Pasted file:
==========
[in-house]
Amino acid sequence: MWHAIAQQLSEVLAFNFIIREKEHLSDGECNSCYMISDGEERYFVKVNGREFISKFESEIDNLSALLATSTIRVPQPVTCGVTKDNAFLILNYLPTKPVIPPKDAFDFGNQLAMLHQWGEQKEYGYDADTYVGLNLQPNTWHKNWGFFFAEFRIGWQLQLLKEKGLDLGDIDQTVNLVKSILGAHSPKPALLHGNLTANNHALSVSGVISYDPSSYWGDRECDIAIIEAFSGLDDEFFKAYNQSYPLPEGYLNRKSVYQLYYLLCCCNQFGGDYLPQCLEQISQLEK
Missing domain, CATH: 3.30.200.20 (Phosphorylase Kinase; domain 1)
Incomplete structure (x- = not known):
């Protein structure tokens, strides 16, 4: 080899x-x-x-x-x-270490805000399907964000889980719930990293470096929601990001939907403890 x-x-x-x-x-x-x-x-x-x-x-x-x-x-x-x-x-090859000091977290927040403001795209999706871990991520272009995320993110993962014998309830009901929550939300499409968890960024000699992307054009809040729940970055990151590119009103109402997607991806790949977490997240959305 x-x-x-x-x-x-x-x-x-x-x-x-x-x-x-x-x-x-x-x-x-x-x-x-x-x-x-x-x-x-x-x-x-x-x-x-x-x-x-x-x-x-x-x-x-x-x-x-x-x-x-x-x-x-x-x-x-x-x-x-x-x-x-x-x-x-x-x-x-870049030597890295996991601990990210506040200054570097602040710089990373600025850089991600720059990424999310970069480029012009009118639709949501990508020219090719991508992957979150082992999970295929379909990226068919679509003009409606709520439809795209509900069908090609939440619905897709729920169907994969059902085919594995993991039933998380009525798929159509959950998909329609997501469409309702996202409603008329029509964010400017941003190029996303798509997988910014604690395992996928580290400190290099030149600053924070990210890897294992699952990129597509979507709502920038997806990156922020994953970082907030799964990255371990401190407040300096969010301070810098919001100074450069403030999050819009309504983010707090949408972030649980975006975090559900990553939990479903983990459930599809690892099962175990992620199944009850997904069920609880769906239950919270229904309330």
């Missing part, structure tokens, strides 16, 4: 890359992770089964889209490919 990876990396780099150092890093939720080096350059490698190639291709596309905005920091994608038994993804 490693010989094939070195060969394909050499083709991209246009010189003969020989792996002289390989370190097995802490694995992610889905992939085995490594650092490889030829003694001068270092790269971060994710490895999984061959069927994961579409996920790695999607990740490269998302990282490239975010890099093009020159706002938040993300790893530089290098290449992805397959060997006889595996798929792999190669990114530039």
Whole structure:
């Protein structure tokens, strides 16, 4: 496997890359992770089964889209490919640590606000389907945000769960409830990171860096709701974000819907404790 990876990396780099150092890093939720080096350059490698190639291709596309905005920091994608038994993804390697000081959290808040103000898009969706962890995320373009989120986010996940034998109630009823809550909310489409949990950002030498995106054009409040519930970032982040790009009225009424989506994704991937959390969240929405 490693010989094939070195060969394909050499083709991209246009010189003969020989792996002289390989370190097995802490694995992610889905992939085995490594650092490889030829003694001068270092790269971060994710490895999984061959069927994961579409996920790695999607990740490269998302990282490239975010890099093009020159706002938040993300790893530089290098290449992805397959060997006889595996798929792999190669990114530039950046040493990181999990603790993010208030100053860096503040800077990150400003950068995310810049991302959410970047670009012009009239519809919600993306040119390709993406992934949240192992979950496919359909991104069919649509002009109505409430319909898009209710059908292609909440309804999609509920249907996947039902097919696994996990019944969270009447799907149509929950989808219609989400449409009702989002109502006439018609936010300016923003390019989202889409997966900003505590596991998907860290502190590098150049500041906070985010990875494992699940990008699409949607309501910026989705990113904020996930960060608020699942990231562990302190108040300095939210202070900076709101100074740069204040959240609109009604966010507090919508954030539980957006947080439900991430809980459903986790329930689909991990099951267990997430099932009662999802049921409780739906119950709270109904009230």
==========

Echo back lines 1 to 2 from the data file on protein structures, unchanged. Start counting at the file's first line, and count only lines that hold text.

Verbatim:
[in-house]
Amino acid sequence: MWHAIAQQLSEVLAFNFIIREKEHLSDGECNSCYMISDGEERYFVKVNGREFISKFESEIDNLSALLATSTIRVPQPVTCGVTKDNAFLILNYLPTKPVIPPKDAFDFGNQLAMLHQWGEQKEYGYDADTYVGLNLQPNTWHKNWGFFFAEFRIGWQLQLLKEKGLDLGDIDQTVNLVKSILGAHSPKPALLHGNLTANNHALSVSGVISYDPSSYWGDRECDIAIIEAFSGLDDEFFKAYNQSYPLPEGYLNRKSVYQLYYLLCCCNQFGGDYLPQCLEQISQLEK